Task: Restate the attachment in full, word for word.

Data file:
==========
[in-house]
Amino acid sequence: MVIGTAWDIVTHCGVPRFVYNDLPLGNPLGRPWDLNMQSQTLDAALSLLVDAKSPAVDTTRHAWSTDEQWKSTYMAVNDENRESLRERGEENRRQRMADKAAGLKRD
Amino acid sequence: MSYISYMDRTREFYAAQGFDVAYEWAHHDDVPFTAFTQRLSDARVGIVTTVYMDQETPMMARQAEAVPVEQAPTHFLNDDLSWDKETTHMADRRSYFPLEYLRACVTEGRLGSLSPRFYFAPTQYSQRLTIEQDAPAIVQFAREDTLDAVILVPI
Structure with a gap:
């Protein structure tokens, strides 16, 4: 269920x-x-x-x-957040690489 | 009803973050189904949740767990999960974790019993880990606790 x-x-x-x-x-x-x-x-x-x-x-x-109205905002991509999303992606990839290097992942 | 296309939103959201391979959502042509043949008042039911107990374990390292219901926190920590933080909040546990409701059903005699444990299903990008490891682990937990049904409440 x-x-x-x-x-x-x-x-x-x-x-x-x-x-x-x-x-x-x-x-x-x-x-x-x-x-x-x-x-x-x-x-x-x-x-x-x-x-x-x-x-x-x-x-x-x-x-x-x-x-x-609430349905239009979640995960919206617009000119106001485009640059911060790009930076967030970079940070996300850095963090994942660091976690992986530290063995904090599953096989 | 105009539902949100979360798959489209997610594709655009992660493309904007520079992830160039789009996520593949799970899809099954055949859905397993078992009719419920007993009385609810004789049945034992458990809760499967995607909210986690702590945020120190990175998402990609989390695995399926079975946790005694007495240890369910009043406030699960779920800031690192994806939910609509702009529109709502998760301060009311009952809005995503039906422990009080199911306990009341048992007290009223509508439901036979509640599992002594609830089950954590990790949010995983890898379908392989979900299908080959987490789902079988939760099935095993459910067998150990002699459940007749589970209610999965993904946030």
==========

[in-house]
Amino acid sequence: MVIGTAWDIVTHCGVPRFVYNDLPLGNPLGRPWDLNMQSQTLDAALSLLVDAKSPAVDTTRHAWSTDEQWKSTYMAVNDENRESLRERGEENRRQRMADKAAGLKRD
Amino acid sequence: MSYISYMDRTREFYAAQGFDVAYEWAHHDDVPFTAFTQRLSDARVGIVTTVYMDQETPMMARQAEAVPVEQAPTHFLNDDLSWDKETTHMADRRSYFPLEYLRACVTEGRLGSLSPRFYFAPTQYSQRLTIEQDAPAIVQFAREDTLDAVILVPI
Structure with a gap:
């Protein structure tokens, strides 16, 4: 269920x-x-x-x-957040690489 | 009803973050189904949740767990999960974790019993880990606790 x-x-x-x-x-x-x-x-x-x-x-x-109205905002991509999303992606990839290097992942 | 296309939103959201391979959502042509043949008042039911107990374990390292219901926190920590933080909040546990409701059903005699444990299903990008490891682990937990049904409440 x-x-x-x-x-x-x-x-x-x-x-x-x-x-x-x-x-x-x-x-x-x-x-x-x-x-x-x-x-x-x-x-x-x-x-x-x-x-x-x-x-x-x-x-x-x-x-x-x-x-x-609430349905239009979640995960919206617009000119106001485009640059911060790009930076967030970079940070996300850095963090994942660091976690992986530290063995904090599953096989 | 105009539902949100979360798959489209997610594709655009992660493309904007520079992830160039789009996520593949799970899809099954055949859905397993078992009719419920007993009385609810004789049945034992458990809760499967995607909210986690702590945020120190990175998402990609989390695995399926079975946790005694007495240890369910009043406030699960779920800031690192994806939910609509702009529109709502998760301060009311009952809005995503039906422990009080199911306990009341048992007290009223509508439901036979509640599992002594609830089950954590990790949010995983890898379908392989979900299908080959987490789902079988939760099935095993459910067998150990002699459940007749589970209610999965993904946030």